The DC suit says that the document was written by an attorney previously employed at Toberoff’s firm. It was delivered to Warner Bros. in 2006 along with a pile of other files that Toberoff says were privileged attorney client documents stolen from his firm.

Toberoff is also assisting the estate of Jack Kirby in their lawsuit against Marvel.  A hearing in the case is set for October 18.

Leave the Strength, Take the Flight

The fight between the Siegel estate and DC comics get’s weirder and weirder.  In the ongoing battle between the two Judge Stephen Larson issued a ruling Wednesday that grants rights to additional works Variety reports.

The first two weeks of the daily Superman newspaper comic strips, as well as portions of early Action Comics and Superman comic books are now back in control by the Siegels.  The Siegels now control depictions of Superman’s origins from the planet Krypton, his parents Jor-L and Lora, his infancy as Kal-L, the infamous launching of his escape ship and his landing on Earth after Krypton explodes.

In 2008 the Siegels had the rights to the basis of the Superman character (his costume and alter-ego), Lois Lane, the Daily Planet, and the love triangle of Clark/Superman and Lois (this one seems silly to me).

DC still owns Superman’s ability to fly, kryptonite (really I’d ssay his weakness now is lawyers), Lex Luthor, Jimmy Olsen, and Perry White, his vision powers and expanded origins.

This all stems from Superman’s first appearance in 1938 and how the original deal between Siegel, Schuster, and DC was worked out.

What still needs to be determined is how much DC owes the Siegels from profits from Superman since 1999, when the Siegels gained half of the Superman copyright.  Schuster does not have any rights and thus does not retain any rights (bummer dude).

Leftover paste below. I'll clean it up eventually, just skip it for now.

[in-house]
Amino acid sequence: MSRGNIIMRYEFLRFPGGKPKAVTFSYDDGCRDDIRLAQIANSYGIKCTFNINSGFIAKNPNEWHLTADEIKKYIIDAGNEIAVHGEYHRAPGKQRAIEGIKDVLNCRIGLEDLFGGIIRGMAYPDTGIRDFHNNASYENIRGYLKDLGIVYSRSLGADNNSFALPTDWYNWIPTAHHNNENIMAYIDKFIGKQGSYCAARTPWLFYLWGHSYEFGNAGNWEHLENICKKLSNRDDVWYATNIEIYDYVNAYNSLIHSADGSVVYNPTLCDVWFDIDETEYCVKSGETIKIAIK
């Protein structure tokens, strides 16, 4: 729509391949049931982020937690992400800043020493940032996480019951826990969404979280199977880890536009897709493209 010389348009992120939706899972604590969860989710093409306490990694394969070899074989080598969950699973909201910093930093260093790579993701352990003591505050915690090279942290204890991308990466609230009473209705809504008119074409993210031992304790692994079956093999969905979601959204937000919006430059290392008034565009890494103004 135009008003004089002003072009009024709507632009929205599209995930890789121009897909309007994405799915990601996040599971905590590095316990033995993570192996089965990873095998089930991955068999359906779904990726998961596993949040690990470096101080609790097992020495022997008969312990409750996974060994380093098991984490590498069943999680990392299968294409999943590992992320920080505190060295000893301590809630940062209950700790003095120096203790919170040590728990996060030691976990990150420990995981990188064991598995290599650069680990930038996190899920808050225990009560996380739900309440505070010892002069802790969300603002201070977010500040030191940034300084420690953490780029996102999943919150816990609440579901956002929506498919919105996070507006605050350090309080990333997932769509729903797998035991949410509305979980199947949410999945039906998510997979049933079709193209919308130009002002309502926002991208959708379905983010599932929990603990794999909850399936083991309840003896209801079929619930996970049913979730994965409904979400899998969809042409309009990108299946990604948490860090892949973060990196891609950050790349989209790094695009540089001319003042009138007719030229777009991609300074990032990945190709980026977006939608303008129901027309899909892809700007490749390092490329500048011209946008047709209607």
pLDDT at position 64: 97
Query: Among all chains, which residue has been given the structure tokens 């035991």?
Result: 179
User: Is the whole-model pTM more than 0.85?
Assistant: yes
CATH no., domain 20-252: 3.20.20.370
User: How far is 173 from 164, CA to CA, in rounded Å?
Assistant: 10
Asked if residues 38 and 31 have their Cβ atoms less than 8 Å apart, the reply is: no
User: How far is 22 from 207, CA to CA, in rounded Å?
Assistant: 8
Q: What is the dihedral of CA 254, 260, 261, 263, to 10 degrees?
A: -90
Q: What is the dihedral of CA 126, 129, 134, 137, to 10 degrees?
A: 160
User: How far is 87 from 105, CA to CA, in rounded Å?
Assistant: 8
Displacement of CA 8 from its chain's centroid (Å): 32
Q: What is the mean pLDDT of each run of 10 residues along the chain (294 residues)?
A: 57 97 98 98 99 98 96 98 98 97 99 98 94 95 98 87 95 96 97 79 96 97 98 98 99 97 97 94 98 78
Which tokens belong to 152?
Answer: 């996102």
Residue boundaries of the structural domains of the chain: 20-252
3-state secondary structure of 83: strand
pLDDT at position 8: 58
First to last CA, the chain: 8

Copyright law dictates that full ownership of Superman reverts back to the Siegels in 2013 (I’d expect a massive offer from Marvel to try to steal the character away, at least I’d do it if I were in charge), which forces DC’s hand to produce a new Superman movie and even a Justice League movie into production by 2011.

But my question is who gets Mr. Myxzptlk in the divorce?

Joker Creator a Political Activist!?

Wizard’s website covers the story, but here’s the highlights:

  • The Joker was created by Batman artist and political cartoonist Jerry Robinson
  • Robinson launched a media campaign to free the imprisoned Uruguayan political cartoonist Francisco Laurenzo Pons
  • Organized a major syndicate for editorial artists to control their own work
  • Helped Jerry Siegel and Joe Shuster get a much needed financial settlement and their byline restored on their famous creation Superman